A hernia is generally the result of a weakness in the abdominal wall. An internal part of the body can push through this weakness, resulting in a hernia. An inguinal hernia is the most common type of hernia. This presents as a lump or pain in the groin. There are multiple causes of this type of hernia. Most often, it is related to age. As we get older, our muscles and the surrounding connective tissue weaken, meaning that hernias can occur. Other factors that can contribute to the creation of hernias include heavy lifting, constipation, and other forms of straining.

An inguinal hernia can be treated by either open or laparoscopic methods. Both have excellent long-term results. After the operation, your groin will be sore and uncomfortable. Pain killers may help to reduce the pain. Regular paracetamol or stronger pain killers such as Palexia will help.

Your wound will be freshly dressed prior to discharge. Please remove this dressing after three days to encourage the wound to stay dry. It is possible to shower with the dressing on, as well as once it has been removed. If the wound continues to discharge fluid, place a fresh dressing for a further three days.



Any operation carries a risk of developing an infection. A small amount of redness is common. However, any continued redness after a week or discharge of pus from the wound may be cause for concern. Should this occur, please make an appointment to see your surgeon.


Bleeding can also occur after surgery. It may appear at the site of the incision, in the scrotum, or on the sides. Any significant bleeding may require an urgent review with your surgeon.

Fluid collection

Seromas (the accumulation of fluid under the skin) are quite common after surgery, especially open surgery. The body will normally absorb the fluid over a few days. On occasion, the fluid may discharge through the scar and resolve by itself.

Scar formation

Scarring can occur at the site of the incision.


Pain usually settles after a week. In some cases, the pain may persist for several weeks. Nerve pain can also occur after open surgery.


There is a chance that the hernia can return.


There is always numbness at the site of the incision. After open surgery, you may experience some numbness over a small part of the inside of the thigh or on the top of the scrotum.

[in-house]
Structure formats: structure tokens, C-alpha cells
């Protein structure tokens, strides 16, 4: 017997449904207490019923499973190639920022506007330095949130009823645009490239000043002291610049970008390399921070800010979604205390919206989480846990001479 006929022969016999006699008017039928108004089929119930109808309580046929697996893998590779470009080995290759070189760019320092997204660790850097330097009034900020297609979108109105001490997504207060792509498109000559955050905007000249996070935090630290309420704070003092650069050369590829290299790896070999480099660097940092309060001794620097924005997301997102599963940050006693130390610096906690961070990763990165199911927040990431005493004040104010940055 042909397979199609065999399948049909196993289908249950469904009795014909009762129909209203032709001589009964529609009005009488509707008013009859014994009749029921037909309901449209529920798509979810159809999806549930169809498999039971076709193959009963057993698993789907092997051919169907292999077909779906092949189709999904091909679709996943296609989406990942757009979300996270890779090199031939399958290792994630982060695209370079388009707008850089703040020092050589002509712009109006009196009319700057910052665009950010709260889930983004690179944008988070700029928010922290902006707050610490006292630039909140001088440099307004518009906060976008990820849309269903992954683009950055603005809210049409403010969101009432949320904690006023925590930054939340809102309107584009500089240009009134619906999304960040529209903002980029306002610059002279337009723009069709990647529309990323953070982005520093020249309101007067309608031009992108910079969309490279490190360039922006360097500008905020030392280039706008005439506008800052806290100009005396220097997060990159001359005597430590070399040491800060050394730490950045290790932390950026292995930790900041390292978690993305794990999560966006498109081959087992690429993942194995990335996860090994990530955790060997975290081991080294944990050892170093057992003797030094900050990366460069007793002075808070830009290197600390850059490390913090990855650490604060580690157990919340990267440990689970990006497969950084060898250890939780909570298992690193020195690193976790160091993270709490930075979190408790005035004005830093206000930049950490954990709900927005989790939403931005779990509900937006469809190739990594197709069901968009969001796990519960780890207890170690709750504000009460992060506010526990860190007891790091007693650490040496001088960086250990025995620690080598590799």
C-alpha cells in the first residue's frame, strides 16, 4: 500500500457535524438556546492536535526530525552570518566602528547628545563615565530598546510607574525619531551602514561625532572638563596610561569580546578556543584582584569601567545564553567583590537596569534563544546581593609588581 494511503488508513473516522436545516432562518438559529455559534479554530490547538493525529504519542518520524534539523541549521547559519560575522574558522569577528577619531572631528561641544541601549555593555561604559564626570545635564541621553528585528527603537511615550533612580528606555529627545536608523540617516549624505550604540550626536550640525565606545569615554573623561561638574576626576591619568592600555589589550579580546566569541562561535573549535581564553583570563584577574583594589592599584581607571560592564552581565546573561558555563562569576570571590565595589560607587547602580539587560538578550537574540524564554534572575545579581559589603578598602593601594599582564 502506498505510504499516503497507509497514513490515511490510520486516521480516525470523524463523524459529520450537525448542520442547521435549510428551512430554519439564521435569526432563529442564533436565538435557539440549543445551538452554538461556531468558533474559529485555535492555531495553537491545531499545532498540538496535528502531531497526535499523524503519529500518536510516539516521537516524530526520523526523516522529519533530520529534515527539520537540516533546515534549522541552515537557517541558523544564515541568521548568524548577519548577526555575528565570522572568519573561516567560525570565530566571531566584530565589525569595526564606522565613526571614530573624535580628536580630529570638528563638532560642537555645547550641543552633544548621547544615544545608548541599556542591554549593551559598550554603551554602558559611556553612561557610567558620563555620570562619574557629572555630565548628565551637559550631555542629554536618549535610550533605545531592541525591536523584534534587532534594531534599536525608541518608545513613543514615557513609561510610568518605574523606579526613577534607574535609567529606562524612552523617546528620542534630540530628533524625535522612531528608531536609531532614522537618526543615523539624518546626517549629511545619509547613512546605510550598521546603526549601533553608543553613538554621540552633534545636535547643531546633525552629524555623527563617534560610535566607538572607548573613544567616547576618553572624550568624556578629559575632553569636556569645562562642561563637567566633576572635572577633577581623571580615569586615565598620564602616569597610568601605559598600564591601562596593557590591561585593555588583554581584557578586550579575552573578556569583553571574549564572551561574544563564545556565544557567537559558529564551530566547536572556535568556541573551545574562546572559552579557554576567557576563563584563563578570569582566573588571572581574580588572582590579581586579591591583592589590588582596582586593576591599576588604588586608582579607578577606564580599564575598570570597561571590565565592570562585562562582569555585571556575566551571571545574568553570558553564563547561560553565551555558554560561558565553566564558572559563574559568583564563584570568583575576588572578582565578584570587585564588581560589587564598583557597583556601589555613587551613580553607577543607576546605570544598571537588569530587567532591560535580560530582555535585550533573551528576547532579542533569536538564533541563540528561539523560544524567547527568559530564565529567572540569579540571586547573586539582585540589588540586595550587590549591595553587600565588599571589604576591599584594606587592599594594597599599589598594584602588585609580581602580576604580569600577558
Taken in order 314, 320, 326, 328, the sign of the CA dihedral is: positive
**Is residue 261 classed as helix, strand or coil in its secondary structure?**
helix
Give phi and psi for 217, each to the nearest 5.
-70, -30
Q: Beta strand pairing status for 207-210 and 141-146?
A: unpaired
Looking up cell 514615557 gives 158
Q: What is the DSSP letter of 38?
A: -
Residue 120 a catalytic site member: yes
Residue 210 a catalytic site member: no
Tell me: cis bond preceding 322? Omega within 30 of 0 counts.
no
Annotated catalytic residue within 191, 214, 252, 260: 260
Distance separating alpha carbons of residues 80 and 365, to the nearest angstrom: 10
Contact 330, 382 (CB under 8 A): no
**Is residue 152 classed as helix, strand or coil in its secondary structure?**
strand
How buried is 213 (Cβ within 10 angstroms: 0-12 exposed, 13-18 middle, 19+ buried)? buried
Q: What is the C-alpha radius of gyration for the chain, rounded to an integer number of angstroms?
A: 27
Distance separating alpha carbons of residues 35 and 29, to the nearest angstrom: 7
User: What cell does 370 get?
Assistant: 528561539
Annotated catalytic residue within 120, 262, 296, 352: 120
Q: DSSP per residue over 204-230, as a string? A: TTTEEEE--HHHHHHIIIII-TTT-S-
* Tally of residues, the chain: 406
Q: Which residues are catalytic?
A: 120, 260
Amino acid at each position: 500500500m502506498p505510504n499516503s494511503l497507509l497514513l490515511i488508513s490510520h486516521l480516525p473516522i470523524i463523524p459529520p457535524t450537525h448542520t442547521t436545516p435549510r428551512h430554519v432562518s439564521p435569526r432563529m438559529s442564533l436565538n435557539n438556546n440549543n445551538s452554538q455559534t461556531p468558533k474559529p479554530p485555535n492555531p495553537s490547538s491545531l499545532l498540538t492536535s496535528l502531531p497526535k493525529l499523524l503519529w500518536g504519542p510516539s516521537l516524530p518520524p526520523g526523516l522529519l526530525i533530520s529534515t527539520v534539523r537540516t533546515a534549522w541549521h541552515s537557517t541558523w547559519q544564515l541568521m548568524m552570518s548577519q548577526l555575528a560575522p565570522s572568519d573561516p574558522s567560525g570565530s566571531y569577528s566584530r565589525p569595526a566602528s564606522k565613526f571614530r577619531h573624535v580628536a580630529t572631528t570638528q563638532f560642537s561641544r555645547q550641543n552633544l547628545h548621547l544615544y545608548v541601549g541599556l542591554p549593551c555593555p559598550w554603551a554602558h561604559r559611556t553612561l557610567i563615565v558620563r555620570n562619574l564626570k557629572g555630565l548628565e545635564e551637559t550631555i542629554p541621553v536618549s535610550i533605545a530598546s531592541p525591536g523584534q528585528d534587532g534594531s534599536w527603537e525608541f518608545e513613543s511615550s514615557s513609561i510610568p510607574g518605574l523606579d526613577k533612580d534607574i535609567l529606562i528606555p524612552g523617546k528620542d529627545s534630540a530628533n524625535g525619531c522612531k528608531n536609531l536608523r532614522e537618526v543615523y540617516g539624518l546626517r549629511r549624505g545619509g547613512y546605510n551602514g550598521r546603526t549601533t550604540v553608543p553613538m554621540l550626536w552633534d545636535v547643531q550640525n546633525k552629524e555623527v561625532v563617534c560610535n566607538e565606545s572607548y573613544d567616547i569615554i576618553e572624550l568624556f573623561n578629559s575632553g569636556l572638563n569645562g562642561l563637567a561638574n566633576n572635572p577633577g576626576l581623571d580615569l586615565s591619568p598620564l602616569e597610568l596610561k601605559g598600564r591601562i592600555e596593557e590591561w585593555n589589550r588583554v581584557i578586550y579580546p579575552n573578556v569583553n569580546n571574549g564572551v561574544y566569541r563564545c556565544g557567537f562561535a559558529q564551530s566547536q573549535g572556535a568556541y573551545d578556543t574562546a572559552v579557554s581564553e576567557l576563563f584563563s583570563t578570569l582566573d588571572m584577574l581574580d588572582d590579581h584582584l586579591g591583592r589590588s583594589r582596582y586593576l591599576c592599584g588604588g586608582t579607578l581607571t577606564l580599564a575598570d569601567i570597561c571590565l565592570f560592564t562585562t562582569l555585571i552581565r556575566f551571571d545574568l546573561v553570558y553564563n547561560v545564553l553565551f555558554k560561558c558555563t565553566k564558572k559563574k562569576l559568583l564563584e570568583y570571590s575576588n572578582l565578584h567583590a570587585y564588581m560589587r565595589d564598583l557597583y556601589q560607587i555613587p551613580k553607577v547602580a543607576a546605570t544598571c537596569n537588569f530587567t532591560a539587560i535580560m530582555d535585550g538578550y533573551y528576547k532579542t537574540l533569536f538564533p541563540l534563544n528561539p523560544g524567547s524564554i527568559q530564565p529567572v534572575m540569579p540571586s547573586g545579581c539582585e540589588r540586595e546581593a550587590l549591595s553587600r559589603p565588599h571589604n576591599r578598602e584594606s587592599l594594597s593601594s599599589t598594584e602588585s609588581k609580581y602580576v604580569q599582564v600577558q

Testicular pain

Mainly seen after laparoscopic surgery, this can persist for several weeks post procedure.

Urinary problems

Occasionally, some patients (mainly men) may experience difficulty passing urine. This usually would occur soon after surgery. Rarely, an indwelling catheter may be placed if you are unable to pass urine and your bladder becomes very full. In this setting, some patients may need to be discharged with a catheter if they fail a trial of void (passing urine) in the day following their procedure. If this is the case, the catheter will be removed after two weeks.


Look after yourself!

Patients are usually discharged either the day of their surgery or the day after. As the surgery is performed under general anaesthetic, it is advised that you do not drink alcohol for 24 hours following your surgery. You will need to be accompanied by an adult for the first 24 hours. During this time you cannot drive nor operate any machinery.


In the aftermath of this procedure, you are fine to eat as normal. It is common for patients to experience some form of constipation, so you are encouraged to increase your intake of fibre and water to relieve these symptoms. If constipation persists, you may need to consider stool softeners such as Movicol or Coloxyl.


Initially, any form of exercise will cause pain and discomfort and should therefore be kept to a minimum. Patients should be able to return to walking after a week and cycling after 2 weeks, though there may be some discomfort initially. We encourage you to avoid lifting anything heavier than 5kgs in the six weeks following your procedure.


Patients should avoid driving for the first week after surgery to avoid discomfort.

Returning to work

Patients should be fine to return to work after 1-2 weeks. However, as described above under the ‘exercise’ heading, there should be no heavy lifting for 6 weeks. If you have any concerns, please contact my rooms on 08 81646727 or email us at inquiries@drganeshsurgery.au